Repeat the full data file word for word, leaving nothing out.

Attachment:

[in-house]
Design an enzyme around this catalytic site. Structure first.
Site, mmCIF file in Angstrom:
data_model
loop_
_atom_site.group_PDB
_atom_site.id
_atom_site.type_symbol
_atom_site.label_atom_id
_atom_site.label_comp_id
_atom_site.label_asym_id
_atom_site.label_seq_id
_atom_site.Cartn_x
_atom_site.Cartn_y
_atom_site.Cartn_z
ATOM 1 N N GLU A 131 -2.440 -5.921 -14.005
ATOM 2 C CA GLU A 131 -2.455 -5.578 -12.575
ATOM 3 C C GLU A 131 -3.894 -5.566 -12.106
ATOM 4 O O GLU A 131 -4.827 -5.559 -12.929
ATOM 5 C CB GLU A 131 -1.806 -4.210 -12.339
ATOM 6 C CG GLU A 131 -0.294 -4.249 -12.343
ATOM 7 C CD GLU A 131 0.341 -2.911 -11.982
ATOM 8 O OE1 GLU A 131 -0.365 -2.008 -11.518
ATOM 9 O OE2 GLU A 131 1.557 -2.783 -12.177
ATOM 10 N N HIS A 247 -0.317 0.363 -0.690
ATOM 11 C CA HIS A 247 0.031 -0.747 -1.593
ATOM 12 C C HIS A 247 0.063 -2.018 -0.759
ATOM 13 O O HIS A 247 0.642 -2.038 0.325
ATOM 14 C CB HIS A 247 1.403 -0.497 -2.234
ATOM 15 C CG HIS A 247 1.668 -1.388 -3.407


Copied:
[in-house]
Design an enzyme around this catalytic site. Structure first.
Site, mmCIF file in Angstrom:
data_model
loop_
_atom_site.group_PDB
_atom_site.id
_atom_site.type_symbol
_atom_site.label_atom_id
_atom_site.label_comp_id
_atom_site.label_asym_id
_atom_site.label_seq_id
_atom_site.Cartn_x
_atom_site.Cartn_y
_atom_site.Cartn_z
ATOM 1 N N GLU A 131 -2.440 -5.921 -14.005
ATOM 2 C CA GLU A 131 -2.455 -5.578 -12.575
ATOM 3 C C GLU A 131 -3.894 -5.566 -12.106
ATOM 4 O O GLU A 131 -4.827 -5.559 -12.929
ATOM 5 C CB GLU A 131 -1.806 -4.210 -12.339
ATOM 6 C CG GLU A 131 -0.294 -4.249 -12.343
ATOM 7 C CD GLU A 131 0.341 -2.911 -11.982
ATOM 8 O OE1 GLU A 131 -0.365 -2.008 -11.518
ATOM 9 O OE2 GLU A 131 1.557 -2.783 -12.177
ATOM 10 N N HIS A 247 -0.317 0.363 -0.690
ATOM 11 C CA HIS A 247 0.031 -0.747 -1.593
ATOM 12 C C HIS A 247 0.063 -2.018 -0.759
ATOM 13 O O HIS A 247 0.642 -2.038 0.325
ATOM 14 C CB HIS A 247 1.403 -0.497 -2.234
ATOM 15 C CG HIS A 247 1.668 -1.388 -3.407